Sponsored Canoe Dawdle: Chesterfield to West Stockwith (46 miles)
We are: Andrew Robinson, Chris Capon, James Woods
To read on click "Read more" to the right!
Last year we set out to walk the entire length of the Chesterfield Canal in one day!
This year we returned to the Chesterfield Canal with an open canoe and camping gear and were the first in over 100 hundred years to navigate the whole canal with a boat.
It is our intention to divide the funds raised evenly between Fairplay and the Chesterfield Canal Trust.
The Chesterfield Canal Trust
Dedicated to the restoration and promotion of the Chesterfield Canal.
Registered Charity no. 1071376
Fairplay supports children and young people with disabilities and additional needs, and their families, across North Derbyshire.
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21 May 2011 - Andy and James walk the entire length of the canal (46 miles) in 15 hours! They have the blisters to prove it!
Chris and James
Mum & Dad…. £50.00! Thank You!
Diane and Mick!
Rachael Jon and Edith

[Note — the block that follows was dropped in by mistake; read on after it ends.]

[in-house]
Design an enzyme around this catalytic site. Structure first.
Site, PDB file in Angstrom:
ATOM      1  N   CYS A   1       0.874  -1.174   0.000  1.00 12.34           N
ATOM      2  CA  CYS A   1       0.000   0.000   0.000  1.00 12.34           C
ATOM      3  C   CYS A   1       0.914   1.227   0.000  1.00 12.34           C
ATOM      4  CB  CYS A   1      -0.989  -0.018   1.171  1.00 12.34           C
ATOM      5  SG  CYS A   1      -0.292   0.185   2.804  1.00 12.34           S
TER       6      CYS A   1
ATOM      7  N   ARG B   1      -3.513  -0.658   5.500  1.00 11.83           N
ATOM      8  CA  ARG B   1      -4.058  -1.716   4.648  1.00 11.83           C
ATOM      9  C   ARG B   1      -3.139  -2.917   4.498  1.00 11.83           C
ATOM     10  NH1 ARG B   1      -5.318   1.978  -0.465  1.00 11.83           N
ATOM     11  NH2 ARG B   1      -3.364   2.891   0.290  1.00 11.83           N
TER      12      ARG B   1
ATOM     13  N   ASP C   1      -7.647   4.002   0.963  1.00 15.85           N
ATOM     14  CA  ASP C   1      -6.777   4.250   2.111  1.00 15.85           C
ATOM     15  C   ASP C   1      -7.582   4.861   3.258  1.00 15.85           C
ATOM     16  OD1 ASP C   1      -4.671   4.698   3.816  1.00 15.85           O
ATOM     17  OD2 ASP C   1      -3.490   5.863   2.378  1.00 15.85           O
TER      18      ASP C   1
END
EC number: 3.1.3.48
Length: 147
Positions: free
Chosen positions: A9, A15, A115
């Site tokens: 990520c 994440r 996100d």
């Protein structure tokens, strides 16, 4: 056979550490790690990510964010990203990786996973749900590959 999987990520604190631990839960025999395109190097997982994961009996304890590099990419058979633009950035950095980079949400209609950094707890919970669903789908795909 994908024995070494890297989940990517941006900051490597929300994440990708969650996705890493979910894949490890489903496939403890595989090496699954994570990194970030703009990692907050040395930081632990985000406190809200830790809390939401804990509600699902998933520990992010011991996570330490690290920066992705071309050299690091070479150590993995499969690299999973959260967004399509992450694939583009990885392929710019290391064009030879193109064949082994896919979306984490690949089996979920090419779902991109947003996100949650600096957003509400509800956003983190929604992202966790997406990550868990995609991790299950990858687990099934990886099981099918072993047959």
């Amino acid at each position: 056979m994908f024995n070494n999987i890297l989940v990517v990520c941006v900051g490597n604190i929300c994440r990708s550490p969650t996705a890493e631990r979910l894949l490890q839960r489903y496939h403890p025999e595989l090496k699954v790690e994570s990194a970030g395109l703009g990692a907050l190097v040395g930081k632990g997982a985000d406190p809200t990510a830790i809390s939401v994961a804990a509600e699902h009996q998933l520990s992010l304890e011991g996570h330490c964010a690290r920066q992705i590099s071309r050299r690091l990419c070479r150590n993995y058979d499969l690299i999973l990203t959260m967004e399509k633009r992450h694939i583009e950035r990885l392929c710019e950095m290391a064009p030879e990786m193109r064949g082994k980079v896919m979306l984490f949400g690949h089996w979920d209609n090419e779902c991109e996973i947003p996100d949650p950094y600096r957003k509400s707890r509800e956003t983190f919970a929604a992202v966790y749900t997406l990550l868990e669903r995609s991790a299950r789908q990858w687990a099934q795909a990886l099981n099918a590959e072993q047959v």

Andy Chris James: Breakfast £10.00
Nana Cooper £46.00 Thanks Nan!
Sue and Shaun
Mum and Dad (C Capon)
Aunty Janet (C Capon)
The Bolsover School Admin Team
Patrons of the Elesé Fitness Centre www.elesefitness.co.uk
Sponsored Canal Dawdle: Chesterfield to West Stockwith (46 miles) 36miles paddling, 9miles hauling.
First complete passage for 104 years?
An account of three fellas Andy Robinson Chris Capon and James Woods and their 2011 sponsored challenge in aid of Fairplay and The Chesterfield Canal Trust.
Day One (Friday 10th June) Chesterfield – Turnerwood
6.30am Chris and James arrived at my house in time for a quick cup of tea and bacon butties. Day bags are readied followed by a final equipment check and our tick list is ticked! We lift the boat down from its platform at the side of the house and onto the pavement. The canoe is an Old Town Camper 16 weighing in at 27kg, is 16ft long by 3ft beam and will carry 550kg fully loaded. Between us we lift the boat onto and securely strap her to the trolley. All equipment, paddles, day bags etc are secured in the boat.
7.25 We harness Chris to the boat by means of a weight lifting belt, rope loop and climbing carabineer. I position myself at the bow while James takes the stern and off we go, cheered on by my wife Joanne and my kids.